This is a book written by marketing author Seth Godin. I’ve recently read the updated November 2004 manifesto. He implores that having no cash is not a valid barrier to prevent a great idea you have being turned into a new business. A noble cause indeed.
Despite being a marketing tome, his thoughts touch on selling as an essential artform. He refers to saleship in three main chunks, which are welcome additions on how to plan to sell anything new.
Your 4 starting questions [p41]
Who’s going to buy?
How much will they pay?
Where will they find you?
What’s the cost of making one sale?
How’s your product easier & more effective? [p68]
Easier to buy?
Easier to use?
Easier to teach people how to use?
More effective at solving the problem?
Success leads to more success [p78]
The more you do, the more you do. Being in front of people will lead to new opportunities, new products, new engagements. Be in motion, because customers like motion.
I love that last line especially.
And a bonus tip opens up the world of recruitment. When referring to interviewing, he likes to set questions that show how people solve problems. Here’s four paragraphs from him that should trigger all sorts of winning ideas for the next interview you run:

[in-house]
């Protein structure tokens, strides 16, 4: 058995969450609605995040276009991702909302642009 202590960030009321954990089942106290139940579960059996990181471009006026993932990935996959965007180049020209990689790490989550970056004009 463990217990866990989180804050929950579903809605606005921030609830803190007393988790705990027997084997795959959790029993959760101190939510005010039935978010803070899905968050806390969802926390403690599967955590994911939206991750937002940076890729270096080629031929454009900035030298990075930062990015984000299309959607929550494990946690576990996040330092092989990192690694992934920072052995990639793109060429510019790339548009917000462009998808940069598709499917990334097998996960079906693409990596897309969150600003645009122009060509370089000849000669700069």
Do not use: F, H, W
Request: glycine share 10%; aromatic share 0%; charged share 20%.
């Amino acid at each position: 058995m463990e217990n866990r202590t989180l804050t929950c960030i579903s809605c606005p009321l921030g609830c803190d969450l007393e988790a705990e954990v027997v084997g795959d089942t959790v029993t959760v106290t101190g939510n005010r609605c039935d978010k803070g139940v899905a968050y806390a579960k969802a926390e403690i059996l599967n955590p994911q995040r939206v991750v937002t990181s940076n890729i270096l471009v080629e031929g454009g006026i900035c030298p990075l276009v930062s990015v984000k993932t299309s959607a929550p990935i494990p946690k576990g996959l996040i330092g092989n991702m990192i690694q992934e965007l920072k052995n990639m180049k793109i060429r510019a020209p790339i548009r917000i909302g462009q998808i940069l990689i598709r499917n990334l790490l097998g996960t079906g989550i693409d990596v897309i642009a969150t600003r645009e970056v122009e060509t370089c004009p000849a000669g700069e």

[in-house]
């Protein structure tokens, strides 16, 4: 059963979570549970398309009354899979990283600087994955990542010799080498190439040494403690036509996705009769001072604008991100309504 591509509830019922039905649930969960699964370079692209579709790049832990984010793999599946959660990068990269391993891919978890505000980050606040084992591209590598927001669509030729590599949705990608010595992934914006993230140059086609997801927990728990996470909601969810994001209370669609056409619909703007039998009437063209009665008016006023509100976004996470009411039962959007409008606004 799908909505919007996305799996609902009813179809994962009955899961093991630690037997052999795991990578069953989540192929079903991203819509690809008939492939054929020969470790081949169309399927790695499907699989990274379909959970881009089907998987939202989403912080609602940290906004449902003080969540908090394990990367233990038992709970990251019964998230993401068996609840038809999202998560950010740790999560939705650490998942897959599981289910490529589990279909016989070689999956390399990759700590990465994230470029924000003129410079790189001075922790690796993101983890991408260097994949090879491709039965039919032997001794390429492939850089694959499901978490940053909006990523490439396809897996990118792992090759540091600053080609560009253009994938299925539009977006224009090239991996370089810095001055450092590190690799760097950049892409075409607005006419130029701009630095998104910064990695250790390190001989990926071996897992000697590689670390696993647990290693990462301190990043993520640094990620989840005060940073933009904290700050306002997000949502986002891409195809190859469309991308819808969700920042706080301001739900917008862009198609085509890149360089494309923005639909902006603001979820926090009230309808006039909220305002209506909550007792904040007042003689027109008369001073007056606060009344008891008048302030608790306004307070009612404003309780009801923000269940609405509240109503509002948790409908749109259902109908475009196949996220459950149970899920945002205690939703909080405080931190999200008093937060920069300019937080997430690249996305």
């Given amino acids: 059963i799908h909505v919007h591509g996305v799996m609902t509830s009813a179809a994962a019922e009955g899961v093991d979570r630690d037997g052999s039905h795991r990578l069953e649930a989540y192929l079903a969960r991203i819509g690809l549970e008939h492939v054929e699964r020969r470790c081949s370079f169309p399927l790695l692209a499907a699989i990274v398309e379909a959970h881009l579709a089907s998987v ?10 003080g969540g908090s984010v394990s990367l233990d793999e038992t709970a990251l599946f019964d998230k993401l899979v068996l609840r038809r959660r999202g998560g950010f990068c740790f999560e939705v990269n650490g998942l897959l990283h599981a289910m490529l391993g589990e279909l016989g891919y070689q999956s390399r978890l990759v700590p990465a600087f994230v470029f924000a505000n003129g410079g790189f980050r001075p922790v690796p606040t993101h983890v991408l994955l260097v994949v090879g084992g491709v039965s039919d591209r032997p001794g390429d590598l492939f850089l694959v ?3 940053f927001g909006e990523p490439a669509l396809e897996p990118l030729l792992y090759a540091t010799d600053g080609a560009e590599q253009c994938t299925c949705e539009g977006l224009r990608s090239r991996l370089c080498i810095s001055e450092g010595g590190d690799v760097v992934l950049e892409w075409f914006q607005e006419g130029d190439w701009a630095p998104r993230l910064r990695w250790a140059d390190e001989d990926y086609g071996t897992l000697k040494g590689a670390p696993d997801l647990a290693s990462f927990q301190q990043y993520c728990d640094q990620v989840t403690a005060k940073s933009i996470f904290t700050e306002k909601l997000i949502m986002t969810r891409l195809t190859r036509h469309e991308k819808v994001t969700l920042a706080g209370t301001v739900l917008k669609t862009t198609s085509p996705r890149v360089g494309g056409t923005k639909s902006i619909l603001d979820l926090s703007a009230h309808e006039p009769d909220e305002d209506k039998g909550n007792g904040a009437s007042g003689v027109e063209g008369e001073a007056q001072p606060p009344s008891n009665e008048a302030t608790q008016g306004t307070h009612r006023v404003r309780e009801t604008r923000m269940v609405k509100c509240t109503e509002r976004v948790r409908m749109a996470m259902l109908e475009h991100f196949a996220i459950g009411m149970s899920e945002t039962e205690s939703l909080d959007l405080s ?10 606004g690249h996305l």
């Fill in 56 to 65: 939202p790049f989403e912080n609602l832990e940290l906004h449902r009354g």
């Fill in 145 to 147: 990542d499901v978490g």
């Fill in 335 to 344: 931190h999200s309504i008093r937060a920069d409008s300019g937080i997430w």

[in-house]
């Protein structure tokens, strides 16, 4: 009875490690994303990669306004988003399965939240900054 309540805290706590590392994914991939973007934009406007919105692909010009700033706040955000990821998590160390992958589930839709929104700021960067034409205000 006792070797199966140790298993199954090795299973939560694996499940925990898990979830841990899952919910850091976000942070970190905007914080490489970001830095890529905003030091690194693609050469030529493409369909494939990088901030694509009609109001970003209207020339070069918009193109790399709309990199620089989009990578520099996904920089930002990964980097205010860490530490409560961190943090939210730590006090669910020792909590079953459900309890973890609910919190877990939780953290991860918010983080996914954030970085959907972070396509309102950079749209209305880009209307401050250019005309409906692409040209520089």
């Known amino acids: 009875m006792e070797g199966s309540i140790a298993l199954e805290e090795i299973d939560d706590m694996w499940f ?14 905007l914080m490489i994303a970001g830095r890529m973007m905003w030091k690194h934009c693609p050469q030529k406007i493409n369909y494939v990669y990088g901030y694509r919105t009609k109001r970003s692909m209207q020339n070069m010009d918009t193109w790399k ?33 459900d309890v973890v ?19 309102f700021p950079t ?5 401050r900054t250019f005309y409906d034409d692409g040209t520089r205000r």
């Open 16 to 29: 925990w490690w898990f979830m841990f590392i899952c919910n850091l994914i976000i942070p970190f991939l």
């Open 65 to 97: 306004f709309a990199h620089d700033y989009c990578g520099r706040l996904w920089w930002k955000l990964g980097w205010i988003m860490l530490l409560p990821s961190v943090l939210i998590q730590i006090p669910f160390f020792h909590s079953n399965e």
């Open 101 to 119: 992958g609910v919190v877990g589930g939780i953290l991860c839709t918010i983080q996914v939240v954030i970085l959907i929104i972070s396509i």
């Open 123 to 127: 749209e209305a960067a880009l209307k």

When I interview people for jobs, I always ask, “How many gas stations do you think there are in the United States?” Not because I care how many gas stations there are, but because it gives me an insight into how people solve problems.
The vast majority of people who answer this question (I’ve asked it more than 1,000 times over the years) start their answer with, “Let’s see…there are 50 states.” They then go on to analyze their town, figure out how many gas stations there are, and multiply from there.
While this is better than some approaches, it is a ridiculous way to answer the question or to plan a business. North Dakota is not like Michigan! And your life, your neighborhood, your friends, and your needs are not like everyone else’s. The best way to answer the question is to start with a scalable metric—either cars (how many cars lead to how many stations) or, surprisingly, how many big gas companies there are. Either one will get you to a quick and defensible analysis.
The worst answer (and the main reason I ask) is, “I don’t know.” My response is, “I know you don’t know. I want you to make a smart guess.” Nine times out of ten, people refuse, in one way or another, to guess. They don’t want to be wrong. Most people hate to be wrong. They hate to make a statement (or, even worse, to write something down) and then be proved wrong.